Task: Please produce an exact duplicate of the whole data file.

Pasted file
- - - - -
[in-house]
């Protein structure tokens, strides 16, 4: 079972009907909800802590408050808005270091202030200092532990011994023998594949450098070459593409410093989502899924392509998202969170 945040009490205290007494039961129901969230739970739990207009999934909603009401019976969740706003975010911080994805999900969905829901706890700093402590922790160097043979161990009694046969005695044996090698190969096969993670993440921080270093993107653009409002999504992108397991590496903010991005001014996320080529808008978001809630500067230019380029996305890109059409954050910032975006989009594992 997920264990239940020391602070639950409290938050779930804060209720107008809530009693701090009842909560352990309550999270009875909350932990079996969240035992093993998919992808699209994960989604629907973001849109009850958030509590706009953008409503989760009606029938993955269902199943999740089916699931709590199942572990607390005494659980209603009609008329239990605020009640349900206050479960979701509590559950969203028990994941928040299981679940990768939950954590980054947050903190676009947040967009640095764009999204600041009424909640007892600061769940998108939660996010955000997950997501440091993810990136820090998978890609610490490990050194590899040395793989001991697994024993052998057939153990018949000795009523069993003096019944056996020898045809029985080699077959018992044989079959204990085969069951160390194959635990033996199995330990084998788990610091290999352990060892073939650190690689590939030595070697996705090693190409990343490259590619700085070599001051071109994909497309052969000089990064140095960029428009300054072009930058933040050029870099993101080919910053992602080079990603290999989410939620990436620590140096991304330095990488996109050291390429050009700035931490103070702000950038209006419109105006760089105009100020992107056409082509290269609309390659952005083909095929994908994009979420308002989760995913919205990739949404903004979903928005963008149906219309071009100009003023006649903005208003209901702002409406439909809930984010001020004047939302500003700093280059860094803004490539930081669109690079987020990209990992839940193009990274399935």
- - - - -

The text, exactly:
[in-house]
């Protein structure tokens, strides 16, 4: 079972009907909800802590408050808005270091202030200092532990011994023998594949450098070459593409410093989502899924392509998202969170 945040009490205290007494039961129901969230739970739990207009999934909603009401019976969740706003975010911080994805999900969905829901706890700093402590922790160097043979161990009694046969005695044996090698190969096969993670993440921080270093993107653009409002999504992108397991590496903010991005001014996320080529808008978001809630500067230019380029996305890109059409954050910032975006989009594992 997920264990239940020391602070639950409290938050779930804060209720107008809530009693701090009842909560352990309550999270009875909350932990079996969240035992093993998919992808699209994960989604629907973001849109009850958030509590706009953008409503989760009606029938993955269902199943999740089916699931709590199942572990607390005494659980209603009609008329239990605020009640349900206050479960979701509590559950969203028990994941928040299981679940990768939950954590980054947050903190676009947040967009640095764009999204600041009424909640007892600061769940998108939660996010955000997950997501440091993810990136820090998978890609610490490990050194590899040395793989001991697994024993052998057939153990018949000795009523069993003096019944056996020898045809029985080699077959018992044989079959204990085969069951160390194959635990033996199995330990084998788990610091290999352990060892073939650190690689590939030595070697996705090693190409990343490259590619700085070599001051071109994909497309052969000089990064140095960029428009300054072009930058933040050029870099993101080919910053992602080079990603290999989410939620990436620590140096991304330095990488996109050291390429050009700035931490103070702000950038209006419109105006760089105009100020992107056409082509290269609309390659952005083909095929994908994009979420308002989760995913919205990739949404903004979903928005963008149906219309071009100009003023006649903005208003209901702002409406439909809930984010001020004047939302500003700093280059860094803004490539930081669109690079987020990209990992839940193009990274399935």